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The fruit Garcinia cambogia was once just the less popular cousin of a trendy fruit, the mangosteen. But now, nutritional supplements containing Garcinia cambogia extract have become the rage, touted for their purported ability to curb appetite and stop weight gain.
The gambooge fruit, also known as the Malabar tamarind, grows across southwest India, Myanmar and Indonesia. It ripens to a red or yellowish fruit about the size of an orange, but resembling the shape of a pumpkin.
People have long used the dried gambooge rinds for chutneys or curries, and sometimes as an aid for stomach problems. But in the late 1960s, scientists identified a substance in the rind of the fruit called hydroxycitric acid, or HCA, which has some potentially attractive qualities. Some studies say HCA works, and some say it doesn’t. Animal studies of HCA showed that mice taking the substance ate less, lost weight and produced less fat from sugar.
Human studies had more conflicting results. One weight loss trial showed no difference between people who took Garcinia cambogia and those who took a placebo pill. Other trials linked HCA to weight loss and healthy blood lipid levels (lipids are fats).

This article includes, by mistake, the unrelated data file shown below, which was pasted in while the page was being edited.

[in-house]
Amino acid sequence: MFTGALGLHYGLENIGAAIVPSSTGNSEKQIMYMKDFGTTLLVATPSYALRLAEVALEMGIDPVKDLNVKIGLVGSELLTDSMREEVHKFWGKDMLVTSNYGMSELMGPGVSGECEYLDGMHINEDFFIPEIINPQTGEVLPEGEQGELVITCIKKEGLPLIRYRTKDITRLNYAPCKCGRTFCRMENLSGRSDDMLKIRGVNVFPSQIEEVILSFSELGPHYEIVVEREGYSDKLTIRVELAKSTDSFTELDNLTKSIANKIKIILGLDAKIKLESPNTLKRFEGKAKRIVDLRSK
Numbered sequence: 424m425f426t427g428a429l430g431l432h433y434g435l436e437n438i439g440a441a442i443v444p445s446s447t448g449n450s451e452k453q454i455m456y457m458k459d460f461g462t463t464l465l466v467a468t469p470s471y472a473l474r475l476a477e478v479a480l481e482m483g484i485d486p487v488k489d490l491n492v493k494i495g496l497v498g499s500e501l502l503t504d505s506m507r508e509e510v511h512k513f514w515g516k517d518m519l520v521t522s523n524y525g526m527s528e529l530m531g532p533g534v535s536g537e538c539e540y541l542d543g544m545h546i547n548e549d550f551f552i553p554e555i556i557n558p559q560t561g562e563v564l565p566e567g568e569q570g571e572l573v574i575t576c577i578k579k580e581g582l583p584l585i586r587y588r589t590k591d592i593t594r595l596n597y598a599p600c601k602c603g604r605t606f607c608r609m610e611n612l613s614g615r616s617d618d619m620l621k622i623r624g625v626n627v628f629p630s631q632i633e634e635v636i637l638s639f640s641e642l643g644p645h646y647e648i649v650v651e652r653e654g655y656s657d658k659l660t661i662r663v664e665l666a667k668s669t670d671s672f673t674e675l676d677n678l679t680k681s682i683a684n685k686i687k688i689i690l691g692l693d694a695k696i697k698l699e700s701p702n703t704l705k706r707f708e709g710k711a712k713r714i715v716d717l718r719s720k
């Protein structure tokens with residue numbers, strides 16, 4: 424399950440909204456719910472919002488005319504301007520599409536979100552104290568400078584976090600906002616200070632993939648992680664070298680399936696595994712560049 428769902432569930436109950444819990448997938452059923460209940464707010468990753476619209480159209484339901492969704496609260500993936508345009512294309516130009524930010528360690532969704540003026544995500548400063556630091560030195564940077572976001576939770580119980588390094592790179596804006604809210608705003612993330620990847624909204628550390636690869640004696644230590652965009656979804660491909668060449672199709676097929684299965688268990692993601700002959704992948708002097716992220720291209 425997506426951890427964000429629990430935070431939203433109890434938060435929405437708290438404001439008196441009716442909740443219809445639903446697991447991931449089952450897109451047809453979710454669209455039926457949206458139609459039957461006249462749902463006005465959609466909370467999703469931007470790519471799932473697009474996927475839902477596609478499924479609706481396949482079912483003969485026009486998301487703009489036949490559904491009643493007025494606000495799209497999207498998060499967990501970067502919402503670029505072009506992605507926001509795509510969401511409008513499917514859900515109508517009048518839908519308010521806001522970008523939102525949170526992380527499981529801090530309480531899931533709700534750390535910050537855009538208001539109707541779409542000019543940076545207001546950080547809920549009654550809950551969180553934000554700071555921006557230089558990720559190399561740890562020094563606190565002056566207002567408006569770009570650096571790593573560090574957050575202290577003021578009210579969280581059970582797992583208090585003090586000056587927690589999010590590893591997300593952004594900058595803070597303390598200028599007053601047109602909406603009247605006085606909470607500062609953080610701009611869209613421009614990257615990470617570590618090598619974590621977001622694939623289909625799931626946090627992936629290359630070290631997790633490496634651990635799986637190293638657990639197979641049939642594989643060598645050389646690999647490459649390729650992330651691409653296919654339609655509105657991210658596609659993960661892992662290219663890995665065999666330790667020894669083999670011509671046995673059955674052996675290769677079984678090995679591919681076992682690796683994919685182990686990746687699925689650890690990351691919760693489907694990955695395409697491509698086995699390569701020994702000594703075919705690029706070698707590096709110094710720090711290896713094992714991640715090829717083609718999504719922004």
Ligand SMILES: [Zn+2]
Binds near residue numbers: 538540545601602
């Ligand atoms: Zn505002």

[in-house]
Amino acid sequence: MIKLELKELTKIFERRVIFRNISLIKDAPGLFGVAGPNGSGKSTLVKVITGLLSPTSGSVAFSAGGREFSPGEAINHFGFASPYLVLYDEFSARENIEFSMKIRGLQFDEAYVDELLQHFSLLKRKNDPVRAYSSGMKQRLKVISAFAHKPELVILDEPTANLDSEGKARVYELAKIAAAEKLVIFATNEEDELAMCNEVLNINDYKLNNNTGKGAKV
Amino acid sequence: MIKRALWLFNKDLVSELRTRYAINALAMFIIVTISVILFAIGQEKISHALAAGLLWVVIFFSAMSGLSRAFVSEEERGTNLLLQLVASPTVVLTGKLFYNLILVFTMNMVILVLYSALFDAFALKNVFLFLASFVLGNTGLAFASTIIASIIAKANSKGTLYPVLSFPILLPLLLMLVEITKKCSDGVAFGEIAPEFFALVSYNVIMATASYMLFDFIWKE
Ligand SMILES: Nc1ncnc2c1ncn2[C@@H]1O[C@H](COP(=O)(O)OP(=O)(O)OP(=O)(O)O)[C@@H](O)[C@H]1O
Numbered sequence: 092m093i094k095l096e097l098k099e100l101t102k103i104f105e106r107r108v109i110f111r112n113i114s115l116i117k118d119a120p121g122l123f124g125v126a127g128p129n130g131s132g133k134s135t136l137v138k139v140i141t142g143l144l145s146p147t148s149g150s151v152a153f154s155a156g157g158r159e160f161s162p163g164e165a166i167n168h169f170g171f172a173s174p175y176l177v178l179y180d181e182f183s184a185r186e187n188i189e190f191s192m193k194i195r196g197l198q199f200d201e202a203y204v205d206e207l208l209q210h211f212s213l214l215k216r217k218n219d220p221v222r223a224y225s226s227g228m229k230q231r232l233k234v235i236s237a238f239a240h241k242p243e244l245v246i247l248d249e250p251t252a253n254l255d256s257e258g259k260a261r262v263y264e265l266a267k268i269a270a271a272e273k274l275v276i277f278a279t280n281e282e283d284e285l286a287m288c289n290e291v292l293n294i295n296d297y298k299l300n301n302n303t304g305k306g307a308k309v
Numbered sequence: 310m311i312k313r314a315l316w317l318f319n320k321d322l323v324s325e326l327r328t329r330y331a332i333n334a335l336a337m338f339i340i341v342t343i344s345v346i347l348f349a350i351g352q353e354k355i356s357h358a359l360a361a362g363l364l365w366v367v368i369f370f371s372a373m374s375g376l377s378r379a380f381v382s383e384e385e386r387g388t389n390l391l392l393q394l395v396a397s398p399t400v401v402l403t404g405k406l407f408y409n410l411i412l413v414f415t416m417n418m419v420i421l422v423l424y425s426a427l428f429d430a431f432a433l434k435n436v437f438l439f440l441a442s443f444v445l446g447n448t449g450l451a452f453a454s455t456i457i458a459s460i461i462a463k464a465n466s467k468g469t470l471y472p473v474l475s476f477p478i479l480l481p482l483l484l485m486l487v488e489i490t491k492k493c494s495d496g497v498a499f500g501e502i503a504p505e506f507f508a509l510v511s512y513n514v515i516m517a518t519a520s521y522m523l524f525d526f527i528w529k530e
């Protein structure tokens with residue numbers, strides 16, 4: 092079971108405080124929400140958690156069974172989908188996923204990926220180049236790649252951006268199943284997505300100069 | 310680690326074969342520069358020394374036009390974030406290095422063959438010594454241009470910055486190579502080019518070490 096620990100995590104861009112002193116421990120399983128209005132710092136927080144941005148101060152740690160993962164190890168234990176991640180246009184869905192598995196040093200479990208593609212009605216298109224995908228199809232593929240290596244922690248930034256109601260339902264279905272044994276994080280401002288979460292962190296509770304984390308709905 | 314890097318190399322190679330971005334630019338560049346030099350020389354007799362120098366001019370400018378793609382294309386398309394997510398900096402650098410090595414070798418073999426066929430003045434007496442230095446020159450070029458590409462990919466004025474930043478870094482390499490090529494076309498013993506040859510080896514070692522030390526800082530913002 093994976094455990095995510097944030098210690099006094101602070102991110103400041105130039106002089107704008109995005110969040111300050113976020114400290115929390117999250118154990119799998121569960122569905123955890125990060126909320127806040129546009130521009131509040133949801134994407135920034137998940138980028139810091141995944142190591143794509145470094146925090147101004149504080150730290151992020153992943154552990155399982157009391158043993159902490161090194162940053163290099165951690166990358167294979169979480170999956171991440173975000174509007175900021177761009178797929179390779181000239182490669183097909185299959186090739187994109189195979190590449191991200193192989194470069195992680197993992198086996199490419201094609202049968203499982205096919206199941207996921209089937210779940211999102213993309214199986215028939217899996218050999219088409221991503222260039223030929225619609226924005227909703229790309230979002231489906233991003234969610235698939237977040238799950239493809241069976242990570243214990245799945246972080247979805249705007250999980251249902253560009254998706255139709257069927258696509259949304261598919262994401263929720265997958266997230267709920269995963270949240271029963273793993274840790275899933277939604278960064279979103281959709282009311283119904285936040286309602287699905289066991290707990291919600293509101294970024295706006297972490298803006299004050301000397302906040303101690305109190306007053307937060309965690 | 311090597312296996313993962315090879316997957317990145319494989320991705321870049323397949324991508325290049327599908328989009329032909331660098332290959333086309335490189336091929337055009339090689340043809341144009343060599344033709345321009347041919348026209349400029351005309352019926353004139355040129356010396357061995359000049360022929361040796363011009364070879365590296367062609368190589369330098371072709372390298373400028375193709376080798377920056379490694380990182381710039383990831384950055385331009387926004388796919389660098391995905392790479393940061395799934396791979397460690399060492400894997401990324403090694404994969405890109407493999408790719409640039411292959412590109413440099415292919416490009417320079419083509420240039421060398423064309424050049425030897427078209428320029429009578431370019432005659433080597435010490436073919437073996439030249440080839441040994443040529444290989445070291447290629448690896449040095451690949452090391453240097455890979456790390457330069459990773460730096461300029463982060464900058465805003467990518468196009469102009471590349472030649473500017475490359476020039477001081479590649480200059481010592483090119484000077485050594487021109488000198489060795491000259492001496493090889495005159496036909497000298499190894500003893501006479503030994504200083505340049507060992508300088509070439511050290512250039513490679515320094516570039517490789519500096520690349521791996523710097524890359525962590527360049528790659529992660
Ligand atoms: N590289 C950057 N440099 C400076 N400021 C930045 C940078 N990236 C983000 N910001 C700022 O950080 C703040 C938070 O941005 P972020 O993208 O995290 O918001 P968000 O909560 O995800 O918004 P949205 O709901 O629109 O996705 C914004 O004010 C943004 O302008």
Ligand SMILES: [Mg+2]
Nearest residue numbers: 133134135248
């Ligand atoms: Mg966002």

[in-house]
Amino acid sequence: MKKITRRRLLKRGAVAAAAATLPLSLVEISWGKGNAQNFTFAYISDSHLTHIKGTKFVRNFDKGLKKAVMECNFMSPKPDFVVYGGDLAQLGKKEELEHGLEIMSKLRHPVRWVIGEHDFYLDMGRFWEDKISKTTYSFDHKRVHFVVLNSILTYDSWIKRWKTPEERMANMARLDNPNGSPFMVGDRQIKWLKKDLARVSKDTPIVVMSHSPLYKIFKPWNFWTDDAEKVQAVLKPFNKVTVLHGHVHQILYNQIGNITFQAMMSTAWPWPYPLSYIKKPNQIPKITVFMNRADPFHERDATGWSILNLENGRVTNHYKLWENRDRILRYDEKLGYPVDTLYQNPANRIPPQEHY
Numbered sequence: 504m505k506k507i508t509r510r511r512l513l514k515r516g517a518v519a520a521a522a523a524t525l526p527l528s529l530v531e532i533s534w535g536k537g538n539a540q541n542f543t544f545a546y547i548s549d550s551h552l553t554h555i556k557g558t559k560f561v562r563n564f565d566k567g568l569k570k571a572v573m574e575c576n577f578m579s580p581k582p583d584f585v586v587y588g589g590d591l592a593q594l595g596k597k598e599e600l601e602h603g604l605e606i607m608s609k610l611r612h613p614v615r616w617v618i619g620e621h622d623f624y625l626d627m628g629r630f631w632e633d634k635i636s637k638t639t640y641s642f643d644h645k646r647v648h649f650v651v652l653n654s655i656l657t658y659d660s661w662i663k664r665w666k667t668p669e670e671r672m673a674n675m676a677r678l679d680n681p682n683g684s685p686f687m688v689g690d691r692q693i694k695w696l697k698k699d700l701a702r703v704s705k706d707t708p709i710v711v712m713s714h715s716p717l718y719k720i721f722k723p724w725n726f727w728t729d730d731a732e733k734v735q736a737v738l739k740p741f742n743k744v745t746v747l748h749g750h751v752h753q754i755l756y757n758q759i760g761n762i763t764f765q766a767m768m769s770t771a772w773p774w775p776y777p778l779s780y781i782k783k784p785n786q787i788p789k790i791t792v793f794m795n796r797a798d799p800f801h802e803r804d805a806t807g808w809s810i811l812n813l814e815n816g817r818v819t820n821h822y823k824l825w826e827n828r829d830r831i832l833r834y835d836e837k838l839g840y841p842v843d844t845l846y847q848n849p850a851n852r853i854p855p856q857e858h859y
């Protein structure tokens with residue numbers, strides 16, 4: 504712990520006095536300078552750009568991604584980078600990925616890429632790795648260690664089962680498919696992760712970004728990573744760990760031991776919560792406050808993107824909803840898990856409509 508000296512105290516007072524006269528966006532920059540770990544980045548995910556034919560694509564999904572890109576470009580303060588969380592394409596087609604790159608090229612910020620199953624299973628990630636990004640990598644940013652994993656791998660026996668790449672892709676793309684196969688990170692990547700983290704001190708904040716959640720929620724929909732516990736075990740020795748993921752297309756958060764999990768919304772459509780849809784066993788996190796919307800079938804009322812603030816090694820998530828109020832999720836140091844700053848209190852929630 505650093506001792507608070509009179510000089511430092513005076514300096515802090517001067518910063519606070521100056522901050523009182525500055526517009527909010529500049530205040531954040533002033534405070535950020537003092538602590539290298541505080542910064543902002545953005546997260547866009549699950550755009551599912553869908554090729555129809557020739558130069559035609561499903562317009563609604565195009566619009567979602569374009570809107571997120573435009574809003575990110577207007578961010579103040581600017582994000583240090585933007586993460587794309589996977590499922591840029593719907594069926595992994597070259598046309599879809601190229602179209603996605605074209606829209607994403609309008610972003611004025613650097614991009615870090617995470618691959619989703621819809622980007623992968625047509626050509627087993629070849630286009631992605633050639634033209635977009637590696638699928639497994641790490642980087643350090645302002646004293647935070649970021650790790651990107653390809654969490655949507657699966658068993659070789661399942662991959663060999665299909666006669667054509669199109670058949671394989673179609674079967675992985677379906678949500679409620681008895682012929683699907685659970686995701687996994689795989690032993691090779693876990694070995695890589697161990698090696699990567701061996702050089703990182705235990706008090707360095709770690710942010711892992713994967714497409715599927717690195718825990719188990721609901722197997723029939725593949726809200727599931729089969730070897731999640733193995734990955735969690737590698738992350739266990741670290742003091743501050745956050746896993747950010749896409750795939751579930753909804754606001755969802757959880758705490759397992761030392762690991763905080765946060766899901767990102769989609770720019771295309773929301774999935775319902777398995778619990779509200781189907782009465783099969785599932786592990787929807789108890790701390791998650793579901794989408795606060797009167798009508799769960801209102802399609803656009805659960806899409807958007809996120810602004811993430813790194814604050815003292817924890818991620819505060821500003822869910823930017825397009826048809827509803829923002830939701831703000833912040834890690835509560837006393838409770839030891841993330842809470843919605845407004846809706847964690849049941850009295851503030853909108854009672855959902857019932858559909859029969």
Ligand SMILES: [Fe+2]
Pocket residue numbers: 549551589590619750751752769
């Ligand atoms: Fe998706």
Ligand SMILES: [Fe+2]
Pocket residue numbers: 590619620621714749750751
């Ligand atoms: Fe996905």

“Further, well-designed clinical trials are needed before any firm conclusions can be made,” Ulbricht said. People may safely eat the fruit, of course. And clinical trials have shown it’s safe to take Garcinia cambogia extract by mouth — at least for 12 weeks, the length of the studies.
But take caution. Garcinia cambogia has side effects – it may lower a person’s blood sugar, so it can interact with diabetes treatments. The fruit hasn’t been adequately studied in pregnant women or women who breastfeed. And Garcinia cambogia may be a problem for patients with Alzheimer’s or other forms of dementia, Ulbricht said.
In 2009, the FDA issued a safety warning after receiving more than 20 reports of severe reactions, including liver damage, in people taking the supplement Hydroxycut. At the time, Hydroxycut contained Garcinia cambogia extract and other compounds, including chromium polynicotinate and Gymnema sylvestre extract.
Ulbricht said it’s unclear if the Garcinia cambogia extract caused the liver damage.
The bottom line is that people should tell their doctors before trying a new supplement, including Garcinia cambogia and HCA,
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